CPS VIG Screenshot

VIG – Attention: Vigilance

The VIG training program trains the attention dimension of vigilance – the ability to sustain attention over a lengthy period of time under monotonous stimulus conditions.



Scene and Task

The client is driving along a straight highway. At irregular intervals other vehicles come towards him on the opposite carriageway or overtake him. The client’s task is to react by pressing a button when an overtaking vehicle suddenly brakes in front of him. Once he has reacted the vehicle’s brake lights go out and it accelerates away from him. If the client fails to react within the permitted time, the brake lights start to flash. Eventually there is a loud squealing noise, which is designed to draw the client’s attention to what is happening.

Theory

Long-term alertness tasks require the client’s attention “to be focused continuously for long periods of time on one or more sources of information, in order to detect and respond to small changes in the information presented” (Davies et al. 1984). Vigilance represents a special variant of long-term attention. Vigilance tasks make demands on attention over a long period of time – often a number of hours – and the relevant stimuli typically occur at very irregular intervals and at a very low frequency among a large number of irrelevant stimuli. Vigilance training cannot be effective unless a training session lasts for more than 30 minutes at the minimum.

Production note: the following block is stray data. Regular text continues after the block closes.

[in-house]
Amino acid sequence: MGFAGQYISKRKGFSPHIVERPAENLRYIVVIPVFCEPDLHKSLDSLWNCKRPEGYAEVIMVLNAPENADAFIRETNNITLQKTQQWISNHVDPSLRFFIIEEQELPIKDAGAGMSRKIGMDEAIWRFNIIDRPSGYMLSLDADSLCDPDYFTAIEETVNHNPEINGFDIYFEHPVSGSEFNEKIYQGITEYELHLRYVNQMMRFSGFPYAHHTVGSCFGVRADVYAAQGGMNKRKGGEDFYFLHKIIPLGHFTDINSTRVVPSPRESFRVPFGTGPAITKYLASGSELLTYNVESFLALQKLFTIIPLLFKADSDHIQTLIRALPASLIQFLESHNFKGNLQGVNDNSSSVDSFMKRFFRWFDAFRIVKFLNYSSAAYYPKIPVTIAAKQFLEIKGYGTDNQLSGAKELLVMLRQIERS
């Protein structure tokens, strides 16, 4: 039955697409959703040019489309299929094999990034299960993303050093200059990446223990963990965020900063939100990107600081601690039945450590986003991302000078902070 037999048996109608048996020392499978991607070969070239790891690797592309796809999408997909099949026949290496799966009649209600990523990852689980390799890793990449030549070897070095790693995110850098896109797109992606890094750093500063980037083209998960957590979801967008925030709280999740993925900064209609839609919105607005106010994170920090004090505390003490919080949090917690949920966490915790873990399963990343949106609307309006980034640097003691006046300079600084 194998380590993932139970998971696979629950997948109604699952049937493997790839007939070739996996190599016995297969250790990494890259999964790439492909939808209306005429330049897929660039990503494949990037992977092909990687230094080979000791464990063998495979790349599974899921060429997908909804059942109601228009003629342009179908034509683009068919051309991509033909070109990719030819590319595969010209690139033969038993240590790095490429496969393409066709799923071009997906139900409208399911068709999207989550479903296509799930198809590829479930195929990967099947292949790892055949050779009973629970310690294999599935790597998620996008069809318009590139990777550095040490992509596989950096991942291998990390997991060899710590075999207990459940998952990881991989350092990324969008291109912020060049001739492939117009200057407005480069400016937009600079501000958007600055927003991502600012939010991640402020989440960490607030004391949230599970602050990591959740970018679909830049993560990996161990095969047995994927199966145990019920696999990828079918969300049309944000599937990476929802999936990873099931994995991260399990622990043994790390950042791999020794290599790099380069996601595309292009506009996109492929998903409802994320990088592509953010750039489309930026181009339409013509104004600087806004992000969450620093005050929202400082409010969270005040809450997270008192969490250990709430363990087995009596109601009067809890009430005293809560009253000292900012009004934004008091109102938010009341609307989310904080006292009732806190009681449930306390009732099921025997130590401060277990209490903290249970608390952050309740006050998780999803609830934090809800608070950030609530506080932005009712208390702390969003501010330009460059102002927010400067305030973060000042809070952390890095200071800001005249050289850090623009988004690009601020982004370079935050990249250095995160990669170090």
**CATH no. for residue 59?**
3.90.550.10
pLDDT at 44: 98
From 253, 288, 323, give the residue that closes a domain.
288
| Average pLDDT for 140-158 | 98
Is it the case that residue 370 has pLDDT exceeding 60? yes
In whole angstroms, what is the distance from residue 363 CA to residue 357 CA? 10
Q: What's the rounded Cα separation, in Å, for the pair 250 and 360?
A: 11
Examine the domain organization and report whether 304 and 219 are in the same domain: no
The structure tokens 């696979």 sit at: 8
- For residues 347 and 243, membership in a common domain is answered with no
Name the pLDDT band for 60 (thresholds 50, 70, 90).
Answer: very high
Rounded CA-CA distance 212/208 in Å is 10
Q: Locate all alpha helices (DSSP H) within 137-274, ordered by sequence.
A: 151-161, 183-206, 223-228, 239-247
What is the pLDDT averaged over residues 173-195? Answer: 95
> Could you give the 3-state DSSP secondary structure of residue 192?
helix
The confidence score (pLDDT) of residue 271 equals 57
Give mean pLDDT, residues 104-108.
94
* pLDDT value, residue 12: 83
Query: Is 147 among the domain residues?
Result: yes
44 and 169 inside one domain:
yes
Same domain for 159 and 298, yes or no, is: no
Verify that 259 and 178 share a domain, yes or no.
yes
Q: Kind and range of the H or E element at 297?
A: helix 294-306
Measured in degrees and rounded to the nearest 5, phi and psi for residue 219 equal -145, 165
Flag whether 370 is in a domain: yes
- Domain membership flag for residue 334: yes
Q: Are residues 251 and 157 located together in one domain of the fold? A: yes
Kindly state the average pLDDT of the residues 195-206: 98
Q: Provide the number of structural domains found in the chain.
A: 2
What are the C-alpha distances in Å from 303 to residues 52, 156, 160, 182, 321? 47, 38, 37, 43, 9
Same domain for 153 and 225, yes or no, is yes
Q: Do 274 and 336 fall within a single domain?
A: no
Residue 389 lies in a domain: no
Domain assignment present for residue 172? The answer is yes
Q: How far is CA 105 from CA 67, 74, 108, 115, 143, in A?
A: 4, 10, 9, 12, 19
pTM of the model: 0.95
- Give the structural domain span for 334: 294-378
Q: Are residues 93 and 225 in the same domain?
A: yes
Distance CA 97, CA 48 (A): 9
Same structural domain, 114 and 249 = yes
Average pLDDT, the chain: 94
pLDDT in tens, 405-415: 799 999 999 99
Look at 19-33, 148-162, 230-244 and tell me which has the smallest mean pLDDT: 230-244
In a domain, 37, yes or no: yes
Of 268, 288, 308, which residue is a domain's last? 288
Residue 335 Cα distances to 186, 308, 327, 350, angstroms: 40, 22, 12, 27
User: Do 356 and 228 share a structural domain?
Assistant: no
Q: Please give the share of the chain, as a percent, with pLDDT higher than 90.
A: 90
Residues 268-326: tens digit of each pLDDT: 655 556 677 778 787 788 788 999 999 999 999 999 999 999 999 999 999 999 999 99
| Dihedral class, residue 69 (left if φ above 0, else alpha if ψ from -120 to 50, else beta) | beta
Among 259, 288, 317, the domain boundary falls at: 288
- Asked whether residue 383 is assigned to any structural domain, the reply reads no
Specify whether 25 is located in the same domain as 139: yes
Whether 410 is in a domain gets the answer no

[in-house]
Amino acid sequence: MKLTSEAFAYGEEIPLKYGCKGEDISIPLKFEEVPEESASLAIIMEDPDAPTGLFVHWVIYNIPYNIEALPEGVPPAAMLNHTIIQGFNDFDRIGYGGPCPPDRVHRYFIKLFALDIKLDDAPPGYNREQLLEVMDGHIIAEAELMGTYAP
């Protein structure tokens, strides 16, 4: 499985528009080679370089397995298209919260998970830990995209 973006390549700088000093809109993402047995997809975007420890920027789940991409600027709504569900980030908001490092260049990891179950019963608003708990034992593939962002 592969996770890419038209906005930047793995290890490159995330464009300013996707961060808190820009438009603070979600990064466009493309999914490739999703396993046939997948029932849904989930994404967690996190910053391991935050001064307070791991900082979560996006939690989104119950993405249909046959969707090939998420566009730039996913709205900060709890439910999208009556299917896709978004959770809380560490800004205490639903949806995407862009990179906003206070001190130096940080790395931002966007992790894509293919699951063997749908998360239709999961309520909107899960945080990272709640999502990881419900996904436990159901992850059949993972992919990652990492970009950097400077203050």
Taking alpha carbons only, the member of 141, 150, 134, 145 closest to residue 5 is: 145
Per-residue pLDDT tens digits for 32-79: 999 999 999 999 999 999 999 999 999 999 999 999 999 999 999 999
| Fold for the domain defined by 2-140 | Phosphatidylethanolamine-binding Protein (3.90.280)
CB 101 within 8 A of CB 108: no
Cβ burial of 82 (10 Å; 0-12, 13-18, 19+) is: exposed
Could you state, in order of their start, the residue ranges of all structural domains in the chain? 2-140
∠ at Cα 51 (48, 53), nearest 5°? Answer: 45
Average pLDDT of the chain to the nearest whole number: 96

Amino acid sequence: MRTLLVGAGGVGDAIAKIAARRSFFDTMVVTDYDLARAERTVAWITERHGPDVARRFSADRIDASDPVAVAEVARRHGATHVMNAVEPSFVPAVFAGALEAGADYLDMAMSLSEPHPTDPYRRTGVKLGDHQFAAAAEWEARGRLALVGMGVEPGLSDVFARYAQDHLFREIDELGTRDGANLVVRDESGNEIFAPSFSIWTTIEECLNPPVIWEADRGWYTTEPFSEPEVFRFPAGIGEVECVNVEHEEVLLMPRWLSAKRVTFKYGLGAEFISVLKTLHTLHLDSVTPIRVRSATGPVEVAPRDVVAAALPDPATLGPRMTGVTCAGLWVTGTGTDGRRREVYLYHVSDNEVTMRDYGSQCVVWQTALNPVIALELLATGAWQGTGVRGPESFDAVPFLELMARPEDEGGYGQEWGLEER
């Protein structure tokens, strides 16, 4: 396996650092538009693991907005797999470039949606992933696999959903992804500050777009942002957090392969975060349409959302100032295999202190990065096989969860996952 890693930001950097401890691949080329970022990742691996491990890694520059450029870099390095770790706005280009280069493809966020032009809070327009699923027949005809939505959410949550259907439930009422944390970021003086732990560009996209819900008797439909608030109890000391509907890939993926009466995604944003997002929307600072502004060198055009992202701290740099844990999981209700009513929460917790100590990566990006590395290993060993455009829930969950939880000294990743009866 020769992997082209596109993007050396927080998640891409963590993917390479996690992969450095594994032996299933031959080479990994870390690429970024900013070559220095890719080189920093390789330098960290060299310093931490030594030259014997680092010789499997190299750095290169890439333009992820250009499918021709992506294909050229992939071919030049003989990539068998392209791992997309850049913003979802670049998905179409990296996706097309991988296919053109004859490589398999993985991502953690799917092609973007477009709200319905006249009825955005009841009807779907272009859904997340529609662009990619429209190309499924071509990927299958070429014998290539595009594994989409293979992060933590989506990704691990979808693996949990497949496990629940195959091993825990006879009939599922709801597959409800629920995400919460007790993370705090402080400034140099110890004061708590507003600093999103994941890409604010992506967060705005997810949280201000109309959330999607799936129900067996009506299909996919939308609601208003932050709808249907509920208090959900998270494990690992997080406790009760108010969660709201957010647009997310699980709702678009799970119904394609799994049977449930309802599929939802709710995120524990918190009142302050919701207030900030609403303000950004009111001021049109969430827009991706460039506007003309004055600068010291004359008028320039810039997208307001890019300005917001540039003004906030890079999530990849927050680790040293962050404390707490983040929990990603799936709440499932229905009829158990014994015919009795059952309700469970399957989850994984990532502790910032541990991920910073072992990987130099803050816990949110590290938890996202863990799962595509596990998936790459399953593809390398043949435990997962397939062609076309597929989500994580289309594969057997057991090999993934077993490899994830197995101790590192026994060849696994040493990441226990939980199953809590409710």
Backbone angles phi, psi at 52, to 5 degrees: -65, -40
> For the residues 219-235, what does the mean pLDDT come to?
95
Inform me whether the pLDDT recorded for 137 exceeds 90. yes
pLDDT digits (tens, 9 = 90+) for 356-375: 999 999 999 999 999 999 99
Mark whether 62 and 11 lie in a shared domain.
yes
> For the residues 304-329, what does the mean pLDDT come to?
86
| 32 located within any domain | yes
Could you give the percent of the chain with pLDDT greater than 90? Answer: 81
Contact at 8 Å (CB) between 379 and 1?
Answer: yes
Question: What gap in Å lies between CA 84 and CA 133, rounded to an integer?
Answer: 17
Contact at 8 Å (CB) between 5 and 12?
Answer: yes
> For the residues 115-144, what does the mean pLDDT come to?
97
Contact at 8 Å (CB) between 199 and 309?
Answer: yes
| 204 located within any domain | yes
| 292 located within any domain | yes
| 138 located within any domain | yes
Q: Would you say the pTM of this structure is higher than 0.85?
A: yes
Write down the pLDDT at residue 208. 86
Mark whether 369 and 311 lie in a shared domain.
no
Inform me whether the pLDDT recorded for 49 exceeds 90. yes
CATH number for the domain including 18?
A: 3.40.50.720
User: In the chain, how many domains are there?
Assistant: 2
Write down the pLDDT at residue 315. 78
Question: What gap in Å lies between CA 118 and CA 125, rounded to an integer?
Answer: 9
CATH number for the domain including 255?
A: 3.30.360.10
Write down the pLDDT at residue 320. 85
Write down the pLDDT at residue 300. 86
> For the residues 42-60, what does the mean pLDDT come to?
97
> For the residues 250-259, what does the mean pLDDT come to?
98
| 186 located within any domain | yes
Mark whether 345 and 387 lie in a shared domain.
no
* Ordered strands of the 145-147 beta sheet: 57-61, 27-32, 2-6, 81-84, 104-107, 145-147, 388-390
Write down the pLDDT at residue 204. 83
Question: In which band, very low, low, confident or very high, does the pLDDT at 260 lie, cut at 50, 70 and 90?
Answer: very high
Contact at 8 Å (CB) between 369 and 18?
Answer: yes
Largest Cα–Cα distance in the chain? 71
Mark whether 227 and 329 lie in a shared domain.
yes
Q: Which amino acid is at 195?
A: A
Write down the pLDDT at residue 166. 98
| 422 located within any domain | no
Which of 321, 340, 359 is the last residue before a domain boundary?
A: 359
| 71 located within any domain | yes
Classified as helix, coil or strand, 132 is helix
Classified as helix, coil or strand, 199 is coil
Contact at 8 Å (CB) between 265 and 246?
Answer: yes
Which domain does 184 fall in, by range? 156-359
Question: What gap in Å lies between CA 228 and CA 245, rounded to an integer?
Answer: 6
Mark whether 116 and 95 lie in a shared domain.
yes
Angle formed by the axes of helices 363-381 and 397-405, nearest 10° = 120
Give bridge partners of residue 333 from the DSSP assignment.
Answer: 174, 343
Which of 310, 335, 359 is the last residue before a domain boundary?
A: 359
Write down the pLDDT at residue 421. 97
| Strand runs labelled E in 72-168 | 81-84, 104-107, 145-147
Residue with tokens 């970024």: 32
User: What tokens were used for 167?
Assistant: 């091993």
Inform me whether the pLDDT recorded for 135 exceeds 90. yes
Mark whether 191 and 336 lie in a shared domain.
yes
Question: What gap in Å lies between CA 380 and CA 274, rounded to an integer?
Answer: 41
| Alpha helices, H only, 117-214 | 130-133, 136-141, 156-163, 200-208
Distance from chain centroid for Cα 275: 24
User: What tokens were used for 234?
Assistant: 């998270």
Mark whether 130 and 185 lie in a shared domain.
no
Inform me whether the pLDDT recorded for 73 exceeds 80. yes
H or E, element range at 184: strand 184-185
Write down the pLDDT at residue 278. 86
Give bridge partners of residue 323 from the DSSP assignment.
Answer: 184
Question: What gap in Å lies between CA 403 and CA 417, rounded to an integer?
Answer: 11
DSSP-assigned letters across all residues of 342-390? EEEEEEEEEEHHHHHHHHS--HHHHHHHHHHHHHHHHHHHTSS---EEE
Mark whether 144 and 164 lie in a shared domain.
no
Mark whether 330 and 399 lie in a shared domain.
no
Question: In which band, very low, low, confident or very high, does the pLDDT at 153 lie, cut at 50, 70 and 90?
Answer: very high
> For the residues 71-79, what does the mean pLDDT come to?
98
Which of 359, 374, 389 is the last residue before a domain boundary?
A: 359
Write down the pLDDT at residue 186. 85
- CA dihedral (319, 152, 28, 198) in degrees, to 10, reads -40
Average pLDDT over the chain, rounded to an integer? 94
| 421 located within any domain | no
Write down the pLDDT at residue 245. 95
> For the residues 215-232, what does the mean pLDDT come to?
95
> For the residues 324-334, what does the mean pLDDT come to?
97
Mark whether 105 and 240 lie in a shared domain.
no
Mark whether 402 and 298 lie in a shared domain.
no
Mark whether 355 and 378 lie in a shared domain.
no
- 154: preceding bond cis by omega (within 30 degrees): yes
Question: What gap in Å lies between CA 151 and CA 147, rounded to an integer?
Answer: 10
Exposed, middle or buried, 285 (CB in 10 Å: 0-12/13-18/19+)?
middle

Difficulty

The VIG training program has 30 difficulty levels. A decreasing stimulus frequency makes it more and more difficult for the client to sustain his attention: he is overtaken by other cars increasingly rarely, the surroundings become more monotonous as darkness falls and the number of sudden braking manoeuvres from overtaking vehicles decreases. In addition, the intensity of the feedback on delayed and omitted reactions becomes weaker as the difficulty level increases. The challenge therefore changes gradually from a sustained attention task to one requiring real vigilance.

At each difficulty level the maximum permitted reaction time adapts to the speed of the client’s reactions. Taking the client’s first valid reactions as a starting point, an individual reaction time limit is determined and used as a basis for measuring all further reactions made in the course of the training program. This ensures that from the outset the training program is optimally adapted to the client’s skill and is never either too easy or too difficult for him.

Note

VIG can also be used with patients with impaired field of vision.

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GOOD TO KNOW

VIG can also be used with patients with impaired field of vision.

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